Freddie Mercury might have wanted to break free but it is something more and more tenants are finding hard to do. While the tips given below to avoid such problems are not a kind of magic, if followed they can help tenants avoid costly mistakes. It is much better to avoid the numerous traps that await tenants, than be the tenant who bites the dust.
The recession in the commercial property world has seen an explosion of disputes relating to the exercise of breaks in leases. This should be no surprise – increasing numbers of tenants are downsizing, aiming to cut their costs by moving to cheaper premises or aiming to re-negotiate the rent on their current premises. In either case they are exercising their break clauses in their leases, break clauses agreed many years ago, often imperfectly understood and often drafted to overly favour the landlord. As always, there are some landlords who want it all and want it now regardless of how unfair it is.
At the same time, landlords are facing higher costs and lower occupancy rates. It is therefore little surprise that many landlords are seeking to frustrate tenants’ break notices, often on seemingly frivolous or unfair grounds.
The cost of failing to properly exercise a break can be crippling for a tenant. They are tied into premises they do not want with all of the associated costs and may well have committed themselves to taking replacement premises. Mistakes by tenants in breaking their lease will do more than rock them or even take their breath away. Such mistakes can be a killer queen and destroy a tenant’s business.
Following are EC3 Legal’s top tips for exercising a break.
Tips for Tenants Wishing to Break their Lease
Not an exhaustive list, following these tips will not make you a champion, take you to Bohemia or transport you into a rhapsody but they might help you avoid very costly mistakes
- Make sure your break clause is properly drafted to begin with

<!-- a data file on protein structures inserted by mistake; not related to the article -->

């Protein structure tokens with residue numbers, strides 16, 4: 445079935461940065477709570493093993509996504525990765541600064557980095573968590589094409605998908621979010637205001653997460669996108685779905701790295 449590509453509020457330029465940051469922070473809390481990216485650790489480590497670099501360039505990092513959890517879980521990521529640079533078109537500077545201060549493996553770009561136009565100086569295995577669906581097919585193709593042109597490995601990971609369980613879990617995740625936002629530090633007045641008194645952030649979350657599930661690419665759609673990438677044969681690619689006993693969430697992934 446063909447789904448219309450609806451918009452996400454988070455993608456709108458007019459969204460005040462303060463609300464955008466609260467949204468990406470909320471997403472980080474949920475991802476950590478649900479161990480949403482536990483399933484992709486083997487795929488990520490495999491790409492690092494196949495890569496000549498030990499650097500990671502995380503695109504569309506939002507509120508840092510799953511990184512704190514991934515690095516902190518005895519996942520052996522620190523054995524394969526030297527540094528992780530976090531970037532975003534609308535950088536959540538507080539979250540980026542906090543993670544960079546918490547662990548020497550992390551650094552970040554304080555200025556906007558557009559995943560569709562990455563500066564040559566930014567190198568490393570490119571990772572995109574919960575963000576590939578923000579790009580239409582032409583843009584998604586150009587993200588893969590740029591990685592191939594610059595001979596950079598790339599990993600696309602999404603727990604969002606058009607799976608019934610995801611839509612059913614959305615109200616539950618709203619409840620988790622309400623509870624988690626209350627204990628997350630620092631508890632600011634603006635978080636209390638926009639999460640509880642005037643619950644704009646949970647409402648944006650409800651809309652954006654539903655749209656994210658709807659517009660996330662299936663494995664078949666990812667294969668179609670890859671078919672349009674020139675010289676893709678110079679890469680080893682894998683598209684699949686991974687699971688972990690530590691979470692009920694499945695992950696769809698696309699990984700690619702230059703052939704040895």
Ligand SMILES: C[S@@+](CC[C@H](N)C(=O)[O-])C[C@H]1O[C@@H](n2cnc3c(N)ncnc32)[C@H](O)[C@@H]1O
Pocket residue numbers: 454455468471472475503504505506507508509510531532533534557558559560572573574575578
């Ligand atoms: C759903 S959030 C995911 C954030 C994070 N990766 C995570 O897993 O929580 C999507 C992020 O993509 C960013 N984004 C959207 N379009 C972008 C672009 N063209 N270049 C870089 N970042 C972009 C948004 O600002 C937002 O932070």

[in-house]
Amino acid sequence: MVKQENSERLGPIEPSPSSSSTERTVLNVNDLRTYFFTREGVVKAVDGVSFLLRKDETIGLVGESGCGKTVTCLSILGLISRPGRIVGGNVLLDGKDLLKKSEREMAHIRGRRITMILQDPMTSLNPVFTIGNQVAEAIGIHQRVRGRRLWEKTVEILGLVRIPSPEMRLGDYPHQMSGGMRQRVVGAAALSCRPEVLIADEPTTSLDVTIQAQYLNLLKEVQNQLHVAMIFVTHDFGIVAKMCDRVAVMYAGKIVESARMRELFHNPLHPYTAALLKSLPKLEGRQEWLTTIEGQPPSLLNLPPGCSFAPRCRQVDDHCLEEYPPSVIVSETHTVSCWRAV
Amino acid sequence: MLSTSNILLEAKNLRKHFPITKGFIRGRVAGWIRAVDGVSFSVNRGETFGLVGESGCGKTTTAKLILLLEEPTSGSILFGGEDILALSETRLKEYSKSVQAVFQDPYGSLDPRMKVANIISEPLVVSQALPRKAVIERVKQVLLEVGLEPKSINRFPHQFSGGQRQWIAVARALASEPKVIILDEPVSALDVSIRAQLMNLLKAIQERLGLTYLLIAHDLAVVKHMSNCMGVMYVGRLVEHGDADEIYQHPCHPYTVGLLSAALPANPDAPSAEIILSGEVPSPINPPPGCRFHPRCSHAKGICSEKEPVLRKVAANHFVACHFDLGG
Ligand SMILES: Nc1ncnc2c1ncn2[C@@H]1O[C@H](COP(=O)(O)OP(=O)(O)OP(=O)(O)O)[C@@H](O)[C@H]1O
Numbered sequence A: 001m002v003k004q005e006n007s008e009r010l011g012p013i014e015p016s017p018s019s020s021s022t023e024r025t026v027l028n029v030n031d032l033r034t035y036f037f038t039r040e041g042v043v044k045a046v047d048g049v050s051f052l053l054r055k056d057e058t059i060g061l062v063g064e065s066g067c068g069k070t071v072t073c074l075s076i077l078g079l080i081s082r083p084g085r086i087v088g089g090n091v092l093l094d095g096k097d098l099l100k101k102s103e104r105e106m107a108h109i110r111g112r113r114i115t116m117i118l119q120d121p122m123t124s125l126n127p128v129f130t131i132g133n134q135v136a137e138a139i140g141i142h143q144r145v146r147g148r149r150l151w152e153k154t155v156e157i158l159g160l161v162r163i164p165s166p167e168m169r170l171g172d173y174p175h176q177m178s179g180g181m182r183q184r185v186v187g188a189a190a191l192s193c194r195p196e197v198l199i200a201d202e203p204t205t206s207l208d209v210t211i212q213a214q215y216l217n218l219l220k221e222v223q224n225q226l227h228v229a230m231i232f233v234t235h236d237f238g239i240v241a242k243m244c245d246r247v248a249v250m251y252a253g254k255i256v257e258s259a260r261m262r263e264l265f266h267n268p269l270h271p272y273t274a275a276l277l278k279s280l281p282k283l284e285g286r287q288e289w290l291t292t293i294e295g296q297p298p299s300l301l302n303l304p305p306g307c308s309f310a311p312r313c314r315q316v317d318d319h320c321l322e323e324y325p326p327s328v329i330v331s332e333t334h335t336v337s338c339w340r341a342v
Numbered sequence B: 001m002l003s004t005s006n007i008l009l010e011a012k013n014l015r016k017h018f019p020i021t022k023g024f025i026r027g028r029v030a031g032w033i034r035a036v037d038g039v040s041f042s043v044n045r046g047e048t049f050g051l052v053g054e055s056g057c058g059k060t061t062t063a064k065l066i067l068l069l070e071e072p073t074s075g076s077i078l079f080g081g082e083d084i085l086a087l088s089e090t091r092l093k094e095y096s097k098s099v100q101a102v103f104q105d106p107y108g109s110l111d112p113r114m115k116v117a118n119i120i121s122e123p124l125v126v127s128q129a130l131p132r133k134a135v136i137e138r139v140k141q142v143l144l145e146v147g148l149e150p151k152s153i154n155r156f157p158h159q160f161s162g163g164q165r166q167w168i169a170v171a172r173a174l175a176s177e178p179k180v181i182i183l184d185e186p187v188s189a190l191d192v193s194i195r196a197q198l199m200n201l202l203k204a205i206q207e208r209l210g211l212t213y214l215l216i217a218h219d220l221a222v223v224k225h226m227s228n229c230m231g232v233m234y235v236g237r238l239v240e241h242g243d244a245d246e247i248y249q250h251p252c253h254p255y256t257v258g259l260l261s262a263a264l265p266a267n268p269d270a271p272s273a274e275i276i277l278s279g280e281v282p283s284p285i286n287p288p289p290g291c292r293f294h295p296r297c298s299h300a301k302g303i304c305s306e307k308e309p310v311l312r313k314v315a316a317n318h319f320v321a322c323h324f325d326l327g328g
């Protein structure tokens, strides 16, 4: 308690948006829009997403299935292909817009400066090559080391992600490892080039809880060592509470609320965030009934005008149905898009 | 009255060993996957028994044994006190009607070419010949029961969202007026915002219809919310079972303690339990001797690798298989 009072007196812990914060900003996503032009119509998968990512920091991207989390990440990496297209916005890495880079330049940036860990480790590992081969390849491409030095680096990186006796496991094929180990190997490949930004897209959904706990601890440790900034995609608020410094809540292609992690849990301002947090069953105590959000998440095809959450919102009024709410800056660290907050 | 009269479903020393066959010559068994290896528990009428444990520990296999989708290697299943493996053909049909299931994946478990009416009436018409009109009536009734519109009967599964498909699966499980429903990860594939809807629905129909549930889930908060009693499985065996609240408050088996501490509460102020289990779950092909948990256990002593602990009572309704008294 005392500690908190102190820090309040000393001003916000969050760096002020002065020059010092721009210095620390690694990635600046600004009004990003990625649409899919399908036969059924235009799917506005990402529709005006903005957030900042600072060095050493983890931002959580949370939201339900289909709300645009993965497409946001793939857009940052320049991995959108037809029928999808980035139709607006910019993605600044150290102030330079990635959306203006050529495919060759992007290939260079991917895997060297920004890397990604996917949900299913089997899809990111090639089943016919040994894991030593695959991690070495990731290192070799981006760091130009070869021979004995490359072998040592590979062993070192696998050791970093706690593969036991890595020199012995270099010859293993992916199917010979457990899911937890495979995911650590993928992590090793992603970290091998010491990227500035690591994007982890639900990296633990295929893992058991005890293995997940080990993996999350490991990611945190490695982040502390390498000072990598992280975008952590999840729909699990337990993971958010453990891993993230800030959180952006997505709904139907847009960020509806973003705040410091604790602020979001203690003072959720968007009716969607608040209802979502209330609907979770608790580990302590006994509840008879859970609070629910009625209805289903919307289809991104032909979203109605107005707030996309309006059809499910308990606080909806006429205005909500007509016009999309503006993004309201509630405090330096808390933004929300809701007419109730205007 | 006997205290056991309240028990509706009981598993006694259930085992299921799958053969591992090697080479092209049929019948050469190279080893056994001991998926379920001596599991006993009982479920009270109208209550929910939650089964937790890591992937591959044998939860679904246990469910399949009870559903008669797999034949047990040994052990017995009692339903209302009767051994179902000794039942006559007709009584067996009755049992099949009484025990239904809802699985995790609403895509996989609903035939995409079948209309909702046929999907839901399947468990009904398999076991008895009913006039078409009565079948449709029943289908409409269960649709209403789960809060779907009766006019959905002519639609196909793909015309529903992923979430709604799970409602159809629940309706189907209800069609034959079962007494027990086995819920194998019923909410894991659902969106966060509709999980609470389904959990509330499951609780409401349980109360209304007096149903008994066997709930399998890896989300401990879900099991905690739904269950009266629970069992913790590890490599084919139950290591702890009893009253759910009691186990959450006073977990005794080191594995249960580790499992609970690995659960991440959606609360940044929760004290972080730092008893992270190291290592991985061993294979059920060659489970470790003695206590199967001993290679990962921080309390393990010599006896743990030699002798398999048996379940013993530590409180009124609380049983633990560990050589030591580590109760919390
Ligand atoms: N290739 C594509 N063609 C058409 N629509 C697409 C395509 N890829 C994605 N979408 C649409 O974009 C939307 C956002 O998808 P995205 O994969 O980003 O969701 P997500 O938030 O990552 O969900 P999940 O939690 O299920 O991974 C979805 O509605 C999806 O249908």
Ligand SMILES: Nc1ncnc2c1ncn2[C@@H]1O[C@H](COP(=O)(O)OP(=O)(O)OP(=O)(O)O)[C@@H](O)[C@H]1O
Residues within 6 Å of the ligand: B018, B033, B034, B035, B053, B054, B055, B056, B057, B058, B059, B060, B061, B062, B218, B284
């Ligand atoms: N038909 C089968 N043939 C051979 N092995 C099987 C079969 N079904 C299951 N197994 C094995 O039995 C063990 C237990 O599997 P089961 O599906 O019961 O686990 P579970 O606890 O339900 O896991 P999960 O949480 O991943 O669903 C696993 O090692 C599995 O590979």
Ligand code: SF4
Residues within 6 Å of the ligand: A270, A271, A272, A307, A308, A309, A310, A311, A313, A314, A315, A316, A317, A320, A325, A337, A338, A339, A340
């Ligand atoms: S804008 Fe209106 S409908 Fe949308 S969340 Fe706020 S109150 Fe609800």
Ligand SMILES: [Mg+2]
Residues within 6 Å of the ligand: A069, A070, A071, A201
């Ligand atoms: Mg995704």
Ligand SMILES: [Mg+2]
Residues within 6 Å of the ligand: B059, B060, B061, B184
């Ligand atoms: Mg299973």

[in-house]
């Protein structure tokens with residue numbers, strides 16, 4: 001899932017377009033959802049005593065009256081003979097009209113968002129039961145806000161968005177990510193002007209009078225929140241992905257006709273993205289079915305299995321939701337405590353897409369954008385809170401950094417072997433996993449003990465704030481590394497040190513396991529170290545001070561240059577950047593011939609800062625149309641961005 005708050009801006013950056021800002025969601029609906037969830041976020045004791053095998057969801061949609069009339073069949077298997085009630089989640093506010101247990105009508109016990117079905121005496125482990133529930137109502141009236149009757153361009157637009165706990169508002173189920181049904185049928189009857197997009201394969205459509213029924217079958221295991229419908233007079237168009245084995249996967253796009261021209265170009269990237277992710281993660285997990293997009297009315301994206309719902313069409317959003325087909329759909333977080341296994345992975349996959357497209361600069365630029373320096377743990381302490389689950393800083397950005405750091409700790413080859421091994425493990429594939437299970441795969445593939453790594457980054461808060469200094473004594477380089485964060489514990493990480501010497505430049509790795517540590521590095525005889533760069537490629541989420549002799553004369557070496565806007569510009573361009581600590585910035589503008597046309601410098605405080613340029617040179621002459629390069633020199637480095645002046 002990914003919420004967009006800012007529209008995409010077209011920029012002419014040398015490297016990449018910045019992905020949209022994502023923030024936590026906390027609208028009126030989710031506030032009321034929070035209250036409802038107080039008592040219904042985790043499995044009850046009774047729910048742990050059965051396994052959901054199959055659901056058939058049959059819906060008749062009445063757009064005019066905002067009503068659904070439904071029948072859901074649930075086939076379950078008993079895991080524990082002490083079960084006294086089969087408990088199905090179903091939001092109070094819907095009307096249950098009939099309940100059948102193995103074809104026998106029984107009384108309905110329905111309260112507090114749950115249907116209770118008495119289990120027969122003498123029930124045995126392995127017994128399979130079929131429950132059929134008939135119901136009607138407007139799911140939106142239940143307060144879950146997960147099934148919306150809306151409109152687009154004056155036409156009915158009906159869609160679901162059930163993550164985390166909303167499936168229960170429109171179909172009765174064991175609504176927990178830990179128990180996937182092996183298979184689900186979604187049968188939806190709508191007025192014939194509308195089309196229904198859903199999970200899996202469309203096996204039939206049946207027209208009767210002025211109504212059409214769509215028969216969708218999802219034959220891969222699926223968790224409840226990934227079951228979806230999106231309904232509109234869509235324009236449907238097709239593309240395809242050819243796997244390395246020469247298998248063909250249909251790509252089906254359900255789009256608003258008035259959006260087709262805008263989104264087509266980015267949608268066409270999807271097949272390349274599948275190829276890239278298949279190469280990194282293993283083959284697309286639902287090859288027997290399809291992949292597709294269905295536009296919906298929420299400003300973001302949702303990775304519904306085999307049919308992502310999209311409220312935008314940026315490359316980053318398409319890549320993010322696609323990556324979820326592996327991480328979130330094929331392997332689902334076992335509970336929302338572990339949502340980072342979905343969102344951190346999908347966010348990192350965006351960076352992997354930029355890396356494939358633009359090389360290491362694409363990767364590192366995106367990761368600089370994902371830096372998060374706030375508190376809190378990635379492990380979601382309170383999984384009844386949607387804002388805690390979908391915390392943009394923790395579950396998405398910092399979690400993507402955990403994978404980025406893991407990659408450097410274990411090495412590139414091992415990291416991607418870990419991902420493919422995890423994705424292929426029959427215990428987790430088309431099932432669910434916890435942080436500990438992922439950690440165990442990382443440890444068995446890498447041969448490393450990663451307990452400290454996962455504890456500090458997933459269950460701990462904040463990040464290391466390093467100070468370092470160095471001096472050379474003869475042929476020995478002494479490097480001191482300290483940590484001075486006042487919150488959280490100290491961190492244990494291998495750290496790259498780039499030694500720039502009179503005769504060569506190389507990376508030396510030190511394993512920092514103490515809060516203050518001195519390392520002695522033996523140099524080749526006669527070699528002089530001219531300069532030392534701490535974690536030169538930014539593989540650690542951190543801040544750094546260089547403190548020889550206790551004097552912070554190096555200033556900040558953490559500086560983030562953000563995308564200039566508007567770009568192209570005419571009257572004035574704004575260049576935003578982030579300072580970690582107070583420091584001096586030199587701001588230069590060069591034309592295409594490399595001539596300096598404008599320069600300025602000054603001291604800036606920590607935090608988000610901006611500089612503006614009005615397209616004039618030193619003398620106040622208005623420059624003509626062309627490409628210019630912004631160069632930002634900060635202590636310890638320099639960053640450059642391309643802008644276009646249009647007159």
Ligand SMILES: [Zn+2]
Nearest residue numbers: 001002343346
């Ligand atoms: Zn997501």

- Check your lease carefully
- Ask the Landlord to confirm sums due to break the lease
- Pay an additional sum prior to the Break Date
- Arrange any dilapidation works in good time
- Consider an early surrende
- Make sure you give vacant possession
- Get good advice in plenty of time
No tenant break should be conditional on anything except giving vacant possession and paying the rent up to date. Absolutely do not accept any other conditions as they enable unscrupulous landlords to trip tenants up.
Well before you need to exercise your break, check your lease carefully and make sure you know what the conditions are to exercise your break. Make sure you diarise any dates (with a substantial safety margin) for steps you need to take to exercise the break. Make sure other people in the organisation are also aware of the dates so the departure of any individual does not leave the organisation as a whole ignorant of the break issues.
If your break is conditional on rent and other sums being paid up to date ask the landlord to confirm the accounts due. The landlord is under no obligation to tell the tenant this but if it does it would be estopped from denying the tenant’s break on the basis some other sum of money due has not been paid.
If your break is conditional on all sums due under the lease being paid up to date, you are at risk of losing the break because some small sum (for instance interest on late rent) has not been paid. The sum involved may be trifling but if there are arrears, however small, the landlord may claim your break is invalid. If you have paid a small additional sum to the landlord before the break date to cover such unforeseen arrears you would be protected from such unscrupulous behaviour. If there are no arrears the Landlord must return the additional payment to you after the lease has determined.
If your break is conditional on the premises being yielded up in good repair, make sure you arrange all dilapidations works in plenty of time.
If you are going to carry out your dilapidation work yourself rather than agree a settlement with your landlord, make absolutely sure your contractors can finish the job and vacate and clear the premises some days before the break date.
If you have concerns regarding the break and your ability to meet any conditions, push to agree an early surrender with the landlord with a payment in lieu of doing the dilapidations work. Often landlords are happy with this since it enables them to re-let the premises earlier and have control over how the premises are decorated. For the tenant, it gives certainty and peace.
At the break date, you must give the premises back to the Landlord with vacant possession. You will need to make sure that any undertenant or other occupiers have moved out. Make sure any of your cleaners/ security staff/contractors doing dilapidations work, are also out of the premises. Clear the premises of all of your furniture/ rubbish/ files etc. It is surprising how often this does not occur despite being so obvious.
Exercising a break in a lease is complex and difficult. Some of the problems are so unfair, the tenant can feel that he is in the world of Radio Ga Ga. Tenants need legal advice well in advance or they risk making a very costly mistake.